How are they dying? Are they going down on their sides and getting limp? If so feed them a little mashed boiled egg yolk. I bought 9 from a very reputable hatchery and they started dying on me. After three had died I called the hatchery. They said it could be from not getting enough protein and to feed them some mashed cooked egg yolk. I had another one down at the time and I thought it was almost dead. I boiled an egg and mashed the yolk, and warmed a little milk. Armed with egg yolk, milk and a straw I headed for the brooder. I forced the beak open with my fingers and placed a little egg yolk inside, then took the straw and placed it in the warm milk. Putting my finger over the top of the straw to hold in the milk, I gave the turkey a drop or two at a time to help it swallow the yolk. I finally got two or three bites down it and put it in a box with light by itself. I figured it would die. An hour later I went to check on it and it was up running around. After this I always feed some mashed egg yolk to my turkey poults about twice a week. I also give the adult turkeys egg yolk about once a week. No more dying poults.
-- valerie rowe (firstname.lastname@example.org), February 10, 2002.
Turkey poults are very susceptible to respiratory infections, like aspergillous. We used to hatch out lots of turkey babies, and they would do good for a day or two, then start dying. sometimes they would die three weeks after hatching. So we took a couple dead babies up to the goldkist hatchery and the guy there helped us out by performing an autopsy which showed lung infection. Seems that turkeys can't handle molds very well and will die from that. So we increased the changing of litter, kept it dryer, and yes, turn that temp down some so they don't pant. Give them plenty of room to run about too. We ended up only brooding them one day in the house, then put them outside in a pen which is 5 feet off the ground and the droppings could fall through the bottom. We added a medication (sulfer I believe) to their drinking water for the first two weeks, and fed a high protein turkey starter. No more dead turkeys. But the outside pen was wrapped with a tarp and a heat lamp was installed so they could huddle under if cold. The fresh air and no poop to stir up fixed the problem. Turkeys are kinda hard to get started, but once they are on their way, they are really resistant to about anything. I have six now wandering about the farm that have no shelter provided (they roost on the horse's board fence) even when snowing and icing. But they have never been sick and forage quite well. We feed them oats, corn, and they eat bugs like crazy. Also,the hens lay their eggs and hatch out babies - but this year we need new toms. Old toms over three years old don't seem to produce fertile eggs. The moms raise babies quite well (they really aren't a stupid as people make them out to be). Ours are Royal Palms, and bourban reds, and the bronze (not broad breasted bronze, just the regular guys). Maybe that accounts for it. The bourbans and Royals hatch better than the bronze though. Good luck with your birds.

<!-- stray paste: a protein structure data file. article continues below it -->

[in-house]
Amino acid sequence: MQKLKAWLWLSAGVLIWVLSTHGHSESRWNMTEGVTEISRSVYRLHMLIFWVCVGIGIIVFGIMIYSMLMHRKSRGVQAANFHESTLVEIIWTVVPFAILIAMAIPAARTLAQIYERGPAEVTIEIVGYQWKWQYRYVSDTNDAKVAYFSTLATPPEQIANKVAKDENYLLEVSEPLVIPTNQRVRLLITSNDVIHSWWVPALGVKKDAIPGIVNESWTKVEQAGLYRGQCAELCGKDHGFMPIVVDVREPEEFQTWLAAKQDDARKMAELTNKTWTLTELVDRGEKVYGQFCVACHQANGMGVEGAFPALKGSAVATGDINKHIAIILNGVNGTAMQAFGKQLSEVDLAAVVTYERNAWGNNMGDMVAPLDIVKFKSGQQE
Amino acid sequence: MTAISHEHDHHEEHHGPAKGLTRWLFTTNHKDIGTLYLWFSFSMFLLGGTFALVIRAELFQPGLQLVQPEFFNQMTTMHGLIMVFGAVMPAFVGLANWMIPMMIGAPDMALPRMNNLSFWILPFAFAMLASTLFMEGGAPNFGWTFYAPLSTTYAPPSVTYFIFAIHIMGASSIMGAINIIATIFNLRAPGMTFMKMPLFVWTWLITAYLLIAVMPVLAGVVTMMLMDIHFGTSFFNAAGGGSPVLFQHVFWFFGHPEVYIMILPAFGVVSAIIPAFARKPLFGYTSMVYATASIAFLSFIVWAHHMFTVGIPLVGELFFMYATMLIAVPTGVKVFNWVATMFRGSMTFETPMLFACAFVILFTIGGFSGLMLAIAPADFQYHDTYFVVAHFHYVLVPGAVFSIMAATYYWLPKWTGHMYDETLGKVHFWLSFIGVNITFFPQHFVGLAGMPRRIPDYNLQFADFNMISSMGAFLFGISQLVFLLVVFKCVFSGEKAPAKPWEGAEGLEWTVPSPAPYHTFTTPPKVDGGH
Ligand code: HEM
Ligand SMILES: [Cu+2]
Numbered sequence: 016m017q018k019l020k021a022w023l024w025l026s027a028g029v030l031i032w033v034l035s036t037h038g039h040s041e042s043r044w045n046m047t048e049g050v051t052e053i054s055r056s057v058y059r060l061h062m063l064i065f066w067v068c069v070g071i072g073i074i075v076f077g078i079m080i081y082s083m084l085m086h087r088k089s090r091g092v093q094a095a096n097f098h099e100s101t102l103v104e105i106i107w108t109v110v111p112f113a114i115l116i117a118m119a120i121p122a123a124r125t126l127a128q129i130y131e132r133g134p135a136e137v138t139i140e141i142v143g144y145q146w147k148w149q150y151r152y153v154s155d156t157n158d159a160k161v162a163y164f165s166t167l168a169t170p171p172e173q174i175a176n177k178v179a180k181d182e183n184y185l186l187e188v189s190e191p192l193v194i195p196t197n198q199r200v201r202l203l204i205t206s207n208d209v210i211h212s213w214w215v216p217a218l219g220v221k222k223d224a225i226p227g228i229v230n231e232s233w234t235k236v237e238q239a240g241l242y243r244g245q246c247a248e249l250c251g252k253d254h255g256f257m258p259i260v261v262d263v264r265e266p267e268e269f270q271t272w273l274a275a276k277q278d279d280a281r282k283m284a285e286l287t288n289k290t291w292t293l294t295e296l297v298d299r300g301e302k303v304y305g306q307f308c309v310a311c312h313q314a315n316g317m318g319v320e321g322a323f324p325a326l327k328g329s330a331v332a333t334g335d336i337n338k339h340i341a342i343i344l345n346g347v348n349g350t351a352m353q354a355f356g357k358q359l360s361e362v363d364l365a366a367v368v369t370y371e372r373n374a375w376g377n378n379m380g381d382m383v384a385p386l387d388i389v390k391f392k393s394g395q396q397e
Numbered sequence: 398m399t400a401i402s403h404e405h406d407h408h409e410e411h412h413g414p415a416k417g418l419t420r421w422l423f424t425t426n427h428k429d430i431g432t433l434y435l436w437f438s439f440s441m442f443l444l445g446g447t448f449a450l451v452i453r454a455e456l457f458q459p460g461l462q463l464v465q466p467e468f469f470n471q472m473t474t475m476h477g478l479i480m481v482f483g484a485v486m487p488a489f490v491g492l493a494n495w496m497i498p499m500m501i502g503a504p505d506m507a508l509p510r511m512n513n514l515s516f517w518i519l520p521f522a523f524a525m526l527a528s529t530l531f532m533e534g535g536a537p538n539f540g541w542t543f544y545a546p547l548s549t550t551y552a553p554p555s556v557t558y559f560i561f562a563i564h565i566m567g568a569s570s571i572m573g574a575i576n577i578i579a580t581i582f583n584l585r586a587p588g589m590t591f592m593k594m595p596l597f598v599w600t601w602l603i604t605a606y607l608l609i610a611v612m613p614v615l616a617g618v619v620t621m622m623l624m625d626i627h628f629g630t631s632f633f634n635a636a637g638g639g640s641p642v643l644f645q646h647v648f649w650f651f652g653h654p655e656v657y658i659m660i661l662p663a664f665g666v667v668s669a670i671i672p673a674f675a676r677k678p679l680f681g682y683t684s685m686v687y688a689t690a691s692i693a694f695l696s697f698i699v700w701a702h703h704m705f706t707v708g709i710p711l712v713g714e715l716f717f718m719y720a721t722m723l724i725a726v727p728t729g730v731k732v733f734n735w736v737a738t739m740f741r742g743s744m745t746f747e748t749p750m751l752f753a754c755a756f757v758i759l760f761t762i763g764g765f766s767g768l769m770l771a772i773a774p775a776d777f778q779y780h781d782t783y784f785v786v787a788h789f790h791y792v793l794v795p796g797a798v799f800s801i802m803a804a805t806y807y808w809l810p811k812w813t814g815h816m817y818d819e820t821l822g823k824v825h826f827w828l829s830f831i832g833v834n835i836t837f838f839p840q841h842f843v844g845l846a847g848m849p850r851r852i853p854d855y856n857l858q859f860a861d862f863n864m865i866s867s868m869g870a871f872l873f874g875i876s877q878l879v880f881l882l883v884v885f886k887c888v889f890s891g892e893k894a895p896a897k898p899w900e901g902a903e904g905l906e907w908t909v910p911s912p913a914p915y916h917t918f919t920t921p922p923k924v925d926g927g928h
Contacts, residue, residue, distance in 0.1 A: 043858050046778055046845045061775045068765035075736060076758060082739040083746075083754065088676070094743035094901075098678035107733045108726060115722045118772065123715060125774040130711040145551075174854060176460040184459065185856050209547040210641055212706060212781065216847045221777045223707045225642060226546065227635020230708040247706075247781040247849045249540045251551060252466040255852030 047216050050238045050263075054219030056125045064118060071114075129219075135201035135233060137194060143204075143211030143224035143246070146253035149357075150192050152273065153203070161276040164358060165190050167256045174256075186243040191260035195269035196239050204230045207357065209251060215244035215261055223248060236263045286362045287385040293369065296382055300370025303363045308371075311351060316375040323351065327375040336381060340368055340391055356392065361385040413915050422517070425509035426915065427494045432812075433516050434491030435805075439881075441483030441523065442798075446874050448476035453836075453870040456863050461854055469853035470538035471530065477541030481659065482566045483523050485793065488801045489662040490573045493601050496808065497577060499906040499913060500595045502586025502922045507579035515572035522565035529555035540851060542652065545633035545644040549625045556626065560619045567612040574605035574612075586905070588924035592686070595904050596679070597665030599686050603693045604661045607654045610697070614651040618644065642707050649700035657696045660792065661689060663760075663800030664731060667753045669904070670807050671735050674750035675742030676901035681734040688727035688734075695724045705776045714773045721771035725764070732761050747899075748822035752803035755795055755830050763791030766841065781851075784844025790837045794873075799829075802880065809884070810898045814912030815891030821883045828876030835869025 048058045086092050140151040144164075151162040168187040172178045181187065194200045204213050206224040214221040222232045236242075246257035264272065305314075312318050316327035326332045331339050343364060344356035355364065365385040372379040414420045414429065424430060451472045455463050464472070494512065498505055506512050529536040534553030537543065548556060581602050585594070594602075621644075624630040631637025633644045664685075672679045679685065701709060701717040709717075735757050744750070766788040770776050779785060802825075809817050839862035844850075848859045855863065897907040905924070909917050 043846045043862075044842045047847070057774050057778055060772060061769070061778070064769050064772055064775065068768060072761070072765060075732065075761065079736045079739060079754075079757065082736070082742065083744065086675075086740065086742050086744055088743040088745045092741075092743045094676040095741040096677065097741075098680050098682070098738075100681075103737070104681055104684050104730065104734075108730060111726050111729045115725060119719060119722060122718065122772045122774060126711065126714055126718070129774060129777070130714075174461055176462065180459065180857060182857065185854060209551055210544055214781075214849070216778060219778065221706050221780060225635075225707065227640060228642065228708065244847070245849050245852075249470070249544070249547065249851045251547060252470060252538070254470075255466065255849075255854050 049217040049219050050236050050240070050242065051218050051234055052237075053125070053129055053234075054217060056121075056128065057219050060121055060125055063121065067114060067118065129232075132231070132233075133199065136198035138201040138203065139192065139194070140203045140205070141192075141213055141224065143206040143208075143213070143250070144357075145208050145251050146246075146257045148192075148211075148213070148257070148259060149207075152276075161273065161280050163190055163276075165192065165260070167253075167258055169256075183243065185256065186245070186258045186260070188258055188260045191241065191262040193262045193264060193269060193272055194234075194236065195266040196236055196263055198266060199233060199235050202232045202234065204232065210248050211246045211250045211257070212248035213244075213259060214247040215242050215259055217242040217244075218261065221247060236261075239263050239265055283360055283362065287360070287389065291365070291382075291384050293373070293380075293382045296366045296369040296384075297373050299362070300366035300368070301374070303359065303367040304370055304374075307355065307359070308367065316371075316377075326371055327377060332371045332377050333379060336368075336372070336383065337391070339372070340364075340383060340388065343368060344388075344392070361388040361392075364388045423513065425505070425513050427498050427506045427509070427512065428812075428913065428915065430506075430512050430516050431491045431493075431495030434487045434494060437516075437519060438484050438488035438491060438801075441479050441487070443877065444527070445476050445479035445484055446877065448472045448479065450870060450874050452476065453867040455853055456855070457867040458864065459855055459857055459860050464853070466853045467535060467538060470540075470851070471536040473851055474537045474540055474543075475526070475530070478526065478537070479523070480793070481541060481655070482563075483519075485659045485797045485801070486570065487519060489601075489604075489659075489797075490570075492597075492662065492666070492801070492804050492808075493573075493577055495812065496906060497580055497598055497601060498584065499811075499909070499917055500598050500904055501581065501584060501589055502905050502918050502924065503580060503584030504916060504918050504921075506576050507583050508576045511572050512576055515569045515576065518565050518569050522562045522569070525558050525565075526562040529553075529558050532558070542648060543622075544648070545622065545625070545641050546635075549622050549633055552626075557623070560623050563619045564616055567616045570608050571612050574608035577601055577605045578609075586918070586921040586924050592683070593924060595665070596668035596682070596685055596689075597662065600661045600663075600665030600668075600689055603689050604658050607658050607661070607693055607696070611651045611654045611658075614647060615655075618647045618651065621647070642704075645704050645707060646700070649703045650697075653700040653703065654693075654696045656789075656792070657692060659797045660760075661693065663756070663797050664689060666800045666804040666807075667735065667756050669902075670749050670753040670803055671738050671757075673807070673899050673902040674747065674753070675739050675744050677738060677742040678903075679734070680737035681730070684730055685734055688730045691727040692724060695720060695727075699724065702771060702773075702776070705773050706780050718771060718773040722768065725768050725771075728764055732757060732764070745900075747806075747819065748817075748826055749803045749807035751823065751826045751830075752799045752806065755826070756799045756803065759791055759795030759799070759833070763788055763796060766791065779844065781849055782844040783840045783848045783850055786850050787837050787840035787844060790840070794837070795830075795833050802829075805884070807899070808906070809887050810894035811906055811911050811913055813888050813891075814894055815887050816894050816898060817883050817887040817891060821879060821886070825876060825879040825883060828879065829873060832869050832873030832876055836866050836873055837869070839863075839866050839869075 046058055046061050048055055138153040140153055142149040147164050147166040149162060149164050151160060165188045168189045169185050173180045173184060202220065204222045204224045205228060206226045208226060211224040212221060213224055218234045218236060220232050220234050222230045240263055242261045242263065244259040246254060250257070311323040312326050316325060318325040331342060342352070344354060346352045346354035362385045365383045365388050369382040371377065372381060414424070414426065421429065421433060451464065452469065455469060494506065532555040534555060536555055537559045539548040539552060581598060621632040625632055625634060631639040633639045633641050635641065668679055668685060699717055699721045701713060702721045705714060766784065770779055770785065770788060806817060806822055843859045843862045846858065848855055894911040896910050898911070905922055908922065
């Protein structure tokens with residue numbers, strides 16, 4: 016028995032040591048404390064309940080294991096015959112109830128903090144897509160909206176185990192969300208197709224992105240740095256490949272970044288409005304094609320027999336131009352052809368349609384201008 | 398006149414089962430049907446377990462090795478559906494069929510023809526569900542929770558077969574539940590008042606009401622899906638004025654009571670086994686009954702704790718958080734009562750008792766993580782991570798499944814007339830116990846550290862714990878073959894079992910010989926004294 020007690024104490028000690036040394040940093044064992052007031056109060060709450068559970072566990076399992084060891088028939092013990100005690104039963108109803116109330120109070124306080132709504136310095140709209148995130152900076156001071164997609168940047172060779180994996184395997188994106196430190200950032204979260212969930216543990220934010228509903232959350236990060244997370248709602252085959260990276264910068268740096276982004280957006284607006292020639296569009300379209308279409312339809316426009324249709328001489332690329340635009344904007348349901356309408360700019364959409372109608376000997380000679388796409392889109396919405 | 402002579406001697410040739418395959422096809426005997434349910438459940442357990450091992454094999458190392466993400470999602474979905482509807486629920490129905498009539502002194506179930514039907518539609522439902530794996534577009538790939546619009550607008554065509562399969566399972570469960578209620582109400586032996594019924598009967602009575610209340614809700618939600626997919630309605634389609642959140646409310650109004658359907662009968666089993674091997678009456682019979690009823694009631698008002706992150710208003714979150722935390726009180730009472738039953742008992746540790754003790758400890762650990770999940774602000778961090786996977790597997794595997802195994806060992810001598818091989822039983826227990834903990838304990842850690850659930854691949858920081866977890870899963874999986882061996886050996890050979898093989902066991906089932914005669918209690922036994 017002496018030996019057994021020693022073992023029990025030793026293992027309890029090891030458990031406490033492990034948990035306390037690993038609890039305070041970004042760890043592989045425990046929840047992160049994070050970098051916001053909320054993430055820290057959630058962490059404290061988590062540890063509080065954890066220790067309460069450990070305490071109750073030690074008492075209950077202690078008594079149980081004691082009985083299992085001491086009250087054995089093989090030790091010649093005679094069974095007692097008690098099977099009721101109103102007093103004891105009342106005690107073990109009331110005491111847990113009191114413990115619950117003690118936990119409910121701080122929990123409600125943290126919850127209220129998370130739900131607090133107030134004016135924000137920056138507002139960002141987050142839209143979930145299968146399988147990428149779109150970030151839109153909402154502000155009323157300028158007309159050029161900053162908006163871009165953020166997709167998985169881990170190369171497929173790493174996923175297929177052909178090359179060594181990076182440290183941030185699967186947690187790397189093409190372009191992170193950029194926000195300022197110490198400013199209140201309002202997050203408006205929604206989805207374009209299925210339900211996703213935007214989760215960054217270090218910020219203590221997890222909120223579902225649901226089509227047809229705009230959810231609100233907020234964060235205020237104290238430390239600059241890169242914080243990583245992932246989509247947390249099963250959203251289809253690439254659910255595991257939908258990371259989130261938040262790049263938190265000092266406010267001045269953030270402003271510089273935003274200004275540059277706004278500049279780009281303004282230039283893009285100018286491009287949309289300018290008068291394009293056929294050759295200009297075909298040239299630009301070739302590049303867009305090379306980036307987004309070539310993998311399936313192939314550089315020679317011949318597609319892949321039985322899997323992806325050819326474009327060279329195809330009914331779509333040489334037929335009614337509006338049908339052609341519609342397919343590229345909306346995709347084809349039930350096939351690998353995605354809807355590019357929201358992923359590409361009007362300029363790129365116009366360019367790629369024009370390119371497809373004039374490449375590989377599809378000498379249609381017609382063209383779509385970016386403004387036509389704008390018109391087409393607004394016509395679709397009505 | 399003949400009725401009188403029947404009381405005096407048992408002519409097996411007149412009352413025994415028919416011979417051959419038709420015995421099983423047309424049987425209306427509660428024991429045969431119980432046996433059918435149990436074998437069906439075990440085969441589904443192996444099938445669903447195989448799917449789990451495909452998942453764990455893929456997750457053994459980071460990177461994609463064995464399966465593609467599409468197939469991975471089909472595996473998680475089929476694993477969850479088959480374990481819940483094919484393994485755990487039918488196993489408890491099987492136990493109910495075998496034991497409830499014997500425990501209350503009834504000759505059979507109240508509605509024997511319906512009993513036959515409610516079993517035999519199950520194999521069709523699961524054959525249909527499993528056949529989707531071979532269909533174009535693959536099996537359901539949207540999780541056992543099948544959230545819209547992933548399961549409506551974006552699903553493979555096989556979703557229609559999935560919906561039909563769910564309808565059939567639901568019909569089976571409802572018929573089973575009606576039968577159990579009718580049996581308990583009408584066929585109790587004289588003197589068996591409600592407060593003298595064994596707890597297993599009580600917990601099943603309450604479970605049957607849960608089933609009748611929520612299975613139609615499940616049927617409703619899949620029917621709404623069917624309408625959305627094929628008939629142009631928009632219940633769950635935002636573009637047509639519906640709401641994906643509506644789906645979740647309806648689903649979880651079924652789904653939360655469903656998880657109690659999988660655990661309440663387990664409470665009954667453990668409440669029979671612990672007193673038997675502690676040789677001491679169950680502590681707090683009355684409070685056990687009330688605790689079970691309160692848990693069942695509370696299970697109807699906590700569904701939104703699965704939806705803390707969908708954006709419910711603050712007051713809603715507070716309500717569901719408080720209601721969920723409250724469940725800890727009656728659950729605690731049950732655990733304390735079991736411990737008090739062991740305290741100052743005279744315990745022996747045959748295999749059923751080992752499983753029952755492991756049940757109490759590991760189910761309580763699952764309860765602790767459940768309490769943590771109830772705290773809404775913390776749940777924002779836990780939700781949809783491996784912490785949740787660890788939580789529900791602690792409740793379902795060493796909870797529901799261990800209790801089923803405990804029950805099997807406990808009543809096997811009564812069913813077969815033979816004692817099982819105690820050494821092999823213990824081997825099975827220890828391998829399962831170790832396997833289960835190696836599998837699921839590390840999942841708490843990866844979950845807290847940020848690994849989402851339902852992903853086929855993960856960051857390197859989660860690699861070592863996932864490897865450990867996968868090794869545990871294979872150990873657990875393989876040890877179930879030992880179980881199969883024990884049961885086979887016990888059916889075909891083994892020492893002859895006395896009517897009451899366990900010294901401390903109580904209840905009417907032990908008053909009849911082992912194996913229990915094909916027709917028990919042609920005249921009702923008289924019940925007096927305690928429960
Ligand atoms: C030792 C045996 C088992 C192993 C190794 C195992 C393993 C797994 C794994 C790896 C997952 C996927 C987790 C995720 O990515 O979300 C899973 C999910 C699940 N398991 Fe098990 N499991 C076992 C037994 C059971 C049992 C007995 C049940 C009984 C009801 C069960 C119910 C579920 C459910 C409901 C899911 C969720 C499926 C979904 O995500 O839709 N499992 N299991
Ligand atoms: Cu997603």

-- Cindy (email@example.com), February 10, 2002.